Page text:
GENEVA (20 December 2017) – A new law promoting road-building in remote areas of the Peruvian Amazon would impact indigenous territories and threaten the very survival of the peoples living there, the UN Special Rapporteur on the rights of indigenous peoples, Victoria Tauli-Corpuz, has warned.
The bill, awaiting presidential approval after being adopted by Congress, would permit road construction and trail conservation in the Ucayali region, affecting indigenous peoples, including groups living on the Kugapakori Nahua Nanti territorial reserve.
“This law could have irreversible consequences for the survival of these groups, whose isolation places them at higher risk of impacts on their human rights,” said Ms. Tauli-Corpuz.
“Past experiences in which road construction or similar activities led to forced contact have generated irreversible impacts, such as the physical and cultural extermination of indigenous peoples in isolation, owing to factors such as their immunological weakness.
“I urge the Government, before the final approval of this bill, to engage in a broader debate to consider alternatives and take into account the impact that this project would have on the human rights of the people living in this area.”
The bill, 1123/2016-PC, was adopted by Congress on the sole advice of the Committee on Transport and Communications, despite serious objections from other relevant government institutions – including those responsible for protecting indigenous peoples.
The Special Rapporteur noted that Peru had an existing law designed to protect indigenous peoples in voluntary isolation and initial contact, and reminded the Government that these groups deserve special attention from their own governments and the international system.
“Defending the fundamental human rights of isolated indigenous peoples is an obligation of the States in which they live and of the entire international community,” she said.
“These fundamental rights are intimately linked to the respect and protection of their rights over their lands and natural resources, on which they depend for their survival and for their social and cultural well-being.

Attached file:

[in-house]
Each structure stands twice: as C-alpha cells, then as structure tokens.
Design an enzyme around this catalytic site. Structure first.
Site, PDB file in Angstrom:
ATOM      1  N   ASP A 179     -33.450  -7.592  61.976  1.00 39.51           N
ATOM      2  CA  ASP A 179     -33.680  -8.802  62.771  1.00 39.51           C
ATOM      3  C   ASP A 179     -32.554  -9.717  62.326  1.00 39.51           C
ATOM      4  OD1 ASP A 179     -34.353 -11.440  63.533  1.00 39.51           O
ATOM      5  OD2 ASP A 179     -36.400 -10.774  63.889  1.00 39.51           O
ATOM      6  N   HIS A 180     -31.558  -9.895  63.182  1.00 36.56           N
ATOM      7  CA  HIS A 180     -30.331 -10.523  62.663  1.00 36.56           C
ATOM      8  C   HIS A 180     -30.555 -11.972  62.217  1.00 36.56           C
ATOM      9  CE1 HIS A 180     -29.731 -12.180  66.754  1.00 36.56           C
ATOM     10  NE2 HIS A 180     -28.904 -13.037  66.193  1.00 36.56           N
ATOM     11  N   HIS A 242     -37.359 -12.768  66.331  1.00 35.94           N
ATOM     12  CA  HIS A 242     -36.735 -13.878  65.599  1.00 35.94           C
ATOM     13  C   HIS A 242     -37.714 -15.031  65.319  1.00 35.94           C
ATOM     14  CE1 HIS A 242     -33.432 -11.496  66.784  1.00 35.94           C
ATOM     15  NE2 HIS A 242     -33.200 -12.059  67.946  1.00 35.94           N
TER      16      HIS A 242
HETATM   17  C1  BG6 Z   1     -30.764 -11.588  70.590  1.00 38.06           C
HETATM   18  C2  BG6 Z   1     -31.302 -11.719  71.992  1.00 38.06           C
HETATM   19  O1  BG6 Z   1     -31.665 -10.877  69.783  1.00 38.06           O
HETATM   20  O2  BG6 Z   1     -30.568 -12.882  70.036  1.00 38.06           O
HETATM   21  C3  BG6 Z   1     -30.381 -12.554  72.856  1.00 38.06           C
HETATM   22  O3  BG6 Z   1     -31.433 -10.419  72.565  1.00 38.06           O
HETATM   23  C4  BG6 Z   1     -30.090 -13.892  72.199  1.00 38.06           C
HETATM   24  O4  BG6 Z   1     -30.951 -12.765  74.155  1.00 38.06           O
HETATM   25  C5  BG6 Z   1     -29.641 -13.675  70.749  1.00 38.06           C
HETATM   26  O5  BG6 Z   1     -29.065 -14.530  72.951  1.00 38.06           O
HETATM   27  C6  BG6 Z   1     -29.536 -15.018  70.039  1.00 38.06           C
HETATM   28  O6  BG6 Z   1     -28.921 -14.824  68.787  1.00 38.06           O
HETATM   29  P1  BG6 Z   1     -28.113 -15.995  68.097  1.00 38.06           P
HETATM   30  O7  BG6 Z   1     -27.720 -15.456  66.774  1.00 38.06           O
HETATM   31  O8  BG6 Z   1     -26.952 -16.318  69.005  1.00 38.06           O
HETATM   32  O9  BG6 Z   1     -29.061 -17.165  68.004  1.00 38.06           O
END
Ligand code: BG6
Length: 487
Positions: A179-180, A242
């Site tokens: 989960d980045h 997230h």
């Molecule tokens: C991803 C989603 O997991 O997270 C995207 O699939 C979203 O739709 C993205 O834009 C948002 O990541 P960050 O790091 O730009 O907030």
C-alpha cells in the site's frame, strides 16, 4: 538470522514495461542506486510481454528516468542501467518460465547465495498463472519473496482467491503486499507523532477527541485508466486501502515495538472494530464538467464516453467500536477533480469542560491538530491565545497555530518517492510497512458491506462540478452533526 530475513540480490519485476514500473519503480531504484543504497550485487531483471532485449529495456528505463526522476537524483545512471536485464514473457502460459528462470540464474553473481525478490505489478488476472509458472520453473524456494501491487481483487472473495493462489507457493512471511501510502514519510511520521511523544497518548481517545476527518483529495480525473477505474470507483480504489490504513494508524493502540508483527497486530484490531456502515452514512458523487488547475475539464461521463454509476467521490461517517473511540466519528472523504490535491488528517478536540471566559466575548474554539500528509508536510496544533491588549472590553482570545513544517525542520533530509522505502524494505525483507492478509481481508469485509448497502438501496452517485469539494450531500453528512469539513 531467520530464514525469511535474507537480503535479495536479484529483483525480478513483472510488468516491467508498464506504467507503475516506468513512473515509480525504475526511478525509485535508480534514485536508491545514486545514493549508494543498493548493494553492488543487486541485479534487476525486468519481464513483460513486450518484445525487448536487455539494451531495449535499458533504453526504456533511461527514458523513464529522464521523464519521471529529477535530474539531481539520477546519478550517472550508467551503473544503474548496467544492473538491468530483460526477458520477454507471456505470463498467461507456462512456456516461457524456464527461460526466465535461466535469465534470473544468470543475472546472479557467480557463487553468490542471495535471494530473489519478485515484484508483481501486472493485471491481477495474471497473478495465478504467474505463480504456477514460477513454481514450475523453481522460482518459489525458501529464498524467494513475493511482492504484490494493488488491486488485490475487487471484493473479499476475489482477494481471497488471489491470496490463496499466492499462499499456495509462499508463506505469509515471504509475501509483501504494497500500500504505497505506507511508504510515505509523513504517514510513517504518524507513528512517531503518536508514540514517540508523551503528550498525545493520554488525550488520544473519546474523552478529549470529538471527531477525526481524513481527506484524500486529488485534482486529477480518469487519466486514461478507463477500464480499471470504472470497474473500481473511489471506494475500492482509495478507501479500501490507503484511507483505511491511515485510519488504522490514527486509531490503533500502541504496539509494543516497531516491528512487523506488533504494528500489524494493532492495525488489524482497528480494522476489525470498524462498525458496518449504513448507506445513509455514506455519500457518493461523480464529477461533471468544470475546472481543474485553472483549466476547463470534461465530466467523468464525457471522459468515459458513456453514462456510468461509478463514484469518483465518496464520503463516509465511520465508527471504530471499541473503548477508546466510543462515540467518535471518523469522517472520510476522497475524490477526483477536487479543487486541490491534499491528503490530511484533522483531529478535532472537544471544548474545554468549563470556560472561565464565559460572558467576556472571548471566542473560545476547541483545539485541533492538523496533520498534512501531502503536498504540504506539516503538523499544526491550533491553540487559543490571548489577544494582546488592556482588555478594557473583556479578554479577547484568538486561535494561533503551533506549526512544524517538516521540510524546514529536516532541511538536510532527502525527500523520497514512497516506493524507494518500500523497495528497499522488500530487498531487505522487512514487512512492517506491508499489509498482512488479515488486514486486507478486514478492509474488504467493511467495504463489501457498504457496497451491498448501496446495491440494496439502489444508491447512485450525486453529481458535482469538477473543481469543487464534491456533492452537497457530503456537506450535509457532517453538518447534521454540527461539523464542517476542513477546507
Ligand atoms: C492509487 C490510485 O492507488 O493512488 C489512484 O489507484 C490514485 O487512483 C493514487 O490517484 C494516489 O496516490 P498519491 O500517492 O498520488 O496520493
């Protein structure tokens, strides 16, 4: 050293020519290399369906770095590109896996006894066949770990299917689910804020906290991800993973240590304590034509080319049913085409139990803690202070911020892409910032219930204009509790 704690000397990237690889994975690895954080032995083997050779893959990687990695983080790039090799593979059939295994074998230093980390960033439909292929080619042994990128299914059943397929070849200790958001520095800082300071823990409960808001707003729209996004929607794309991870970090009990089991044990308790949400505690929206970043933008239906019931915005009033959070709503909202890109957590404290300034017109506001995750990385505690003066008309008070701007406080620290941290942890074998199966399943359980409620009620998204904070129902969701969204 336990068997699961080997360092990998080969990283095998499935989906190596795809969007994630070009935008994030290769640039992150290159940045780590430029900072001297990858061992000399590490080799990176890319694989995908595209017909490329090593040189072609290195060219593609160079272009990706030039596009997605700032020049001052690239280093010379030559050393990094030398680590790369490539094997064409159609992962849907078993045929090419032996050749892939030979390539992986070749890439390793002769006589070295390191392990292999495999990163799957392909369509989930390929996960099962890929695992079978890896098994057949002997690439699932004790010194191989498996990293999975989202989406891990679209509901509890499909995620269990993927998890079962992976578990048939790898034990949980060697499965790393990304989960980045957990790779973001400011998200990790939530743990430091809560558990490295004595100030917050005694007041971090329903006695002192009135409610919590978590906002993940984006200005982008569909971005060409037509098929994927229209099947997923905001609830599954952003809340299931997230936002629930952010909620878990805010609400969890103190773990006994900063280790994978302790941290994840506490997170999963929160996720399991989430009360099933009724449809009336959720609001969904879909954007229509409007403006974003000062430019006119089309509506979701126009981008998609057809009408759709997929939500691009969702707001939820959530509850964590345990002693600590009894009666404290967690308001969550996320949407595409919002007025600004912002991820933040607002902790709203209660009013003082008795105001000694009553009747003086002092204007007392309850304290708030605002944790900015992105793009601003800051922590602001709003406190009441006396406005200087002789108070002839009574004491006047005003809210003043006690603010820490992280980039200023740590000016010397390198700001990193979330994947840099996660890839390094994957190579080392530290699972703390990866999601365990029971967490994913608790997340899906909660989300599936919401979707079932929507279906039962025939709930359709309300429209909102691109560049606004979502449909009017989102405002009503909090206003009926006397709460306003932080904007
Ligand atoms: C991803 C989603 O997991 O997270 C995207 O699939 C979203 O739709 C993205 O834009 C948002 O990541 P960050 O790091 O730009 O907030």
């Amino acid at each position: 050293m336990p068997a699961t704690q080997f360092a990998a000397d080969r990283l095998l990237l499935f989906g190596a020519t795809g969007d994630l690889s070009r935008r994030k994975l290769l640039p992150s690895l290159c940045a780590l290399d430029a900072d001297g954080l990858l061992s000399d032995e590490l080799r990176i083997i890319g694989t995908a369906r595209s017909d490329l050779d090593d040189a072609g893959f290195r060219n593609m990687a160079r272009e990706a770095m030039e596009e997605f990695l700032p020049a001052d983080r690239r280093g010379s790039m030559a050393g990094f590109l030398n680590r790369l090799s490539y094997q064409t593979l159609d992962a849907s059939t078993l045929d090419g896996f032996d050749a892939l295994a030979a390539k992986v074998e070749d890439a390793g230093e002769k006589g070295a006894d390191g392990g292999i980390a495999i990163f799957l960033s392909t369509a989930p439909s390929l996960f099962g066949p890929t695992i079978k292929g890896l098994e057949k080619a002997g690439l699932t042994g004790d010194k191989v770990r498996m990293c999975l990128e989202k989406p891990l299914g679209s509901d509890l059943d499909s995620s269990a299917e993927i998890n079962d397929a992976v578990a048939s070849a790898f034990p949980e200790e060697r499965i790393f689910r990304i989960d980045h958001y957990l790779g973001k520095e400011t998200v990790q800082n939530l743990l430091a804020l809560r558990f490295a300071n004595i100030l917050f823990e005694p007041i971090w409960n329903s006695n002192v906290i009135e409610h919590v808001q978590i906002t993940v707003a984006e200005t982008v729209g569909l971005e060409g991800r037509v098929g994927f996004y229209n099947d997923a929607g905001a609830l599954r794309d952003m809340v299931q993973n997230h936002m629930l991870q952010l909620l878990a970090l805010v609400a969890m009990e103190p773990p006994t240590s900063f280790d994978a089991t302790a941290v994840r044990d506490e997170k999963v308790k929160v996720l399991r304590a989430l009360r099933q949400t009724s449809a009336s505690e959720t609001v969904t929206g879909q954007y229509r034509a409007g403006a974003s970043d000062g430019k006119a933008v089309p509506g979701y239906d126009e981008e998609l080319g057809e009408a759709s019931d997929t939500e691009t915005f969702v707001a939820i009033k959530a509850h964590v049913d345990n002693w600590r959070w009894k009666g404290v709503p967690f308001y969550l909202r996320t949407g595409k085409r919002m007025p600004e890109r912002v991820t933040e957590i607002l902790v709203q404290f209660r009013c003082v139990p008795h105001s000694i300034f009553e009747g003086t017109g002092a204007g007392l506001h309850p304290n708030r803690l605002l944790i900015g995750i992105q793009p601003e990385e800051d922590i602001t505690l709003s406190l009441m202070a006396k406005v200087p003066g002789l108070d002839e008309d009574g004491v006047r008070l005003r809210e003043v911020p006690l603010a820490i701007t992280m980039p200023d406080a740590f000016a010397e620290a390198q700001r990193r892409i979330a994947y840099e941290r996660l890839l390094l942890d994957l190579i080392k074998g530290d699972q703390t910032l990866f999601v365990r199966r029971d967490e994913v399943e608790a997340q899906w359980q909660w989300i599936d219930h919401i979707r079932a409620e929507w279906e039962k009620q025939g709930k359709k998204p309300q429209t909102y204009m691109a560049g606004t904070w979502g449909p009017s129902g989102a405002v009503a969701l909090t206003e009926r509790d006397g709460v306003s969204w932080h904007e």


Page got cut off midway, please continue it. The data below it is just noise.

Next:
“The protection of their territories and resources against intrusion by third parties and environmental and other damage that may be generated by external people is the first step to protecting their human rights.”
The Special Rapporteur urged the government to gather input from indigenous and other expert organizations, and relevant agencies such as the Congress Commission on Andean, Amazonian and Afro-Peruvian Peoples, Environment and Ecology, the Vice-Ministry of Intercultural Affairs of the Ministry of Culture, the National Service of Natural Protected Areas and the Ministries of Health and the Environment.
“Peru has obligations towards indigenous peoples in its constitutional and legal framework that must be respected,” said Ms. Tauli-Corpuz.
“In future discussions, the Government of Peru should take into account the need to develop appropriate consultations with the affected indigenous peoples and communities, taking into account the special requirements in the case of indigenous peoples in voluntary isolation and initial contact, as indicated by the inter-American human rights system reports and jurisprudence and the Guidelines for the Protection of Indigenous Peoples in Voluntary Isolation and Initial Contact,” the Special Rapporteur added.
Ms. Victoria Tauli-Corpuz (Philippines), Special Rapporteur on the rights of indigenous peoples, is a human rights activist working on indigenous peoples’ rights. Her work for more than three decades has been focused on movement building among indigenous peoples and also among women, and she has worked as an educator-trainer on human rights, development and indigenous peoples in various contexts. She is a member of the Kankana-ey, Igorot indigenous peoples in the Cordillera Region in the Philippines.
The Special Rapporteurs are part of what is known as the Special Procedures of the Human Rights Council. Special Procedures, the largest body of independent experts in the UN Human Rights system, is the general name of the Council’s independent fact-finding and monitoring mechanisms that address either specific country situations or thematic issues in all parts of the world. Special Procedures’ experts work on a voluntary basis; they are not UN staff and do not receive a salary for their work. They are independent from any government or organization and serve in their individual capacity.
See the UN Declaration on the Rights of Indigenous Peoples
See the Guidelines for the protection of indigenous peoples in voluntary isolation and initial contact in the Amazon Basin, El Gran Chaco and the Eastern Region of Paraguay
UN Human Rights, country page: Peru
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